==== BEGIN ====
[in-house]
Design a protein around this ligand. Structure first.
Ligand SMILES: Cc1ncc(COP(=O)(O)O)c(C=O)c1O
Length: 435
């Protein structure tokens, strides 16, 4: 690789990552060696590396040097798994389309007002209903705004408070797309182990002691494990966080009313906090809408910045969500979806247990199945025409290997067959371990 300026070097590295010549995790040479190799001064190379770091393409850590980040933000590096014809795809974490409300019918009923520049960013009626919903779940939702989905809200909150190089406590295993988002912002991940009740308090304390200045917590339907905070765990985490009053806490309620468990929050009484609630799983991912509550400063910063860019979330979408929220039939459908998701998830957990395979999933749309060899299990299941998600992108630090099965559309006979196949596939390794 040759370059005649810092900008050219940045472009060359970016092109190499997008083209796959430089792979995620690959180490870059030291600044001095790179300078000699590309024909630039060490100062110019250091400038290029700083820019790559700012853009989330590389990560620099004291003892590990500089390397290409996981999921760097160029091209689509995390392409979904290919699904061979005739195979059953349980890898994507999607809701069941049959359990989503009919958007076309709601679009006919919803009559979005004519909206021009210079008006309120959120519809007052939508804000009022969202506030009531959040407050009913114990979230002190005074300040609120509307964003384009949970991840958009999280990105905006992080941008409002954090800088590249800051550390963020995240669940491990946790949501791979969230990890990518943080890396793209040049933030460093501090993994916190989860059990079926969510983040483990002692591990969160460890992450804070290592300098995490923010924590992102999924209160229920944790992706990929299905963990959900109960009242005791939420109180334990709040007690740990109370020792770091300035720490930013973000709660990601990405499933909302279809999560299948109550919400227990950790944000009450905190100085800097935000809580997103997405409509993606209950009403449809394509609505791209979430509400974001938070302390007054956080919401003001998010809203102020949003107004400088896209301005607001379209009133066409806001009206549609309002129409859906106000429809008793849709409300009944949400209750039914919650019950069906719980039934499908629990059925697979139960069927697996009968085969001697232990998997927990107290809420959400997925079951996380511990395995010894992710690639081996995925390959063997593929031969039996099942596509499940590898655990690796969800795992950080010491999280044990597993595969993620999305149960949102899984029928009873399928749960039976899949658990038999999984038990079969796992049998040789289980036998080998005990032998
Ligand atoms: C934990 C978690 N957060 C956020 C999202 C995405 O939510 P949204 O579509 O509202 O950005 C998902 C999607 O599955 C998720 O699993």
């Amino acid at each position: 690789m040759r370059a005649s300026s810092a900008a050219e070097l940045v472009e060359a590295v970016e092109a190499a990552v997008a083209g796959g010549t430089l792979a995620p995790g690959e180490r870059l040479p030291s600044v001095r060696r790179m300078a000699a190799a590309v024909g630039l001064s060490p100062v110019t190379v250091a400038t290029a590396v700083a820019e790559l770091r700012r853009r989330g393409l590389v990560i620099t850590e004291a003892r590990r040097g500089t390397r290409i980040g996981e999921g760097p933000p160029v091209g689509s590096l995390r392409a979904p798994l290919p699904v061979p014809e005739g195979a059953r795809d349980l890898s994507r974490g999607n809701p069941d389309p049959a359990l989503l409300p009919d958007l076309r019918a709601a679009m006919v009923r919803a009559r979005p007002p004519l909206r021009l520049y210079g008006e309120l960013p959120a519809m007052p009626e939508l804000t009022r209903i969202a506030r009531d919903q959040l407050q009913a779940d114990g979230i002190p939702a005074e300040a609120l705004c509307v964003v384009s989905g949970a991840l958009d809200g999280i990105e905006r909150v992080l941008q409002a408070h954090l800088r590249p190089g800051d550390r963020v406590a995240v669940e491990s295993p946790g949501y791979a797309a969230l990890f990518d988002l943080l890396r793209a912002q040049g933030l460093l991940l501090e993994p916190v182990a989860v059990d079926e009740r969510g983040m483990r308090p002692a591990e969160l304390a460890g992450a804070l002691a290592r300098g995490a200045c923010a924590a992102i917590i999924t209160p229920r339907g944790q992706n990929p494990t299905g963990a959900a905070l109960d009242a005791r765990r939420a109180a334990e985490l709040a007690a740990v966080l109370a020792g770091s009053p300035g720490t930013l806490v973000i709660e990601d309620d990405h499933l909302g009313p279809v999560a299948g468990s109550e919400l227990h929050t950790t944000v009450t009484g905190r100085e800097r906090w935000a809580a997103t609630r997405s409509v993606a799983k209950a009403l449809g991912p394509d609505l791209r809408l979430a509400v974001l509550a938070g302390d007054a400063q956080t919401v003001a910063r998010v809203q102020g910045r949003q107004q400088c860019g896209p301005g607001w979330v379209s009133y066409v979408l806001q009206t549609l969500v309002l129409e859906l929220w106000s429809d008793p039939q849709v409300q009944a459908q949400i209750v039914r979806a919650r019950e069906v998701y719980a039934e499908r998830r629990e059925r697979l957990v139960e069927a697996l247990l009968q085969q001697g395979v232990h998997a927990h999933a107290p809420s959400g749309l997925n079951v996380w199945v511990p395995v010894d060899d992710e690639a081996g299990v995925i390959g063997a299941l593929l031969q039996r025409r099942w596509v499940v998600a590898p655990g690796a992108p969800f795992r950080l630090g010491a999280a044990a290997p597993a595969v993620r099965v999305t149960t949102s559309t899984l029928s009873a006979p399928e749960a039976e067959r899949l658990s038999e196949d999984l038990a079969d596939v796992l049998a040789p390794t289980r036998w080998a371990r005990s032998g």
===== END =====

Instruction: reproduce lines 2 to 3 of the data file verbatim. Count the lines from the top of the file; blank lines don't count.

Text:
Design a protein around this ligand. Structure first.
Ligand SMILES: Cc1ncc(COP(=O)(O)O)c(C=O)c1O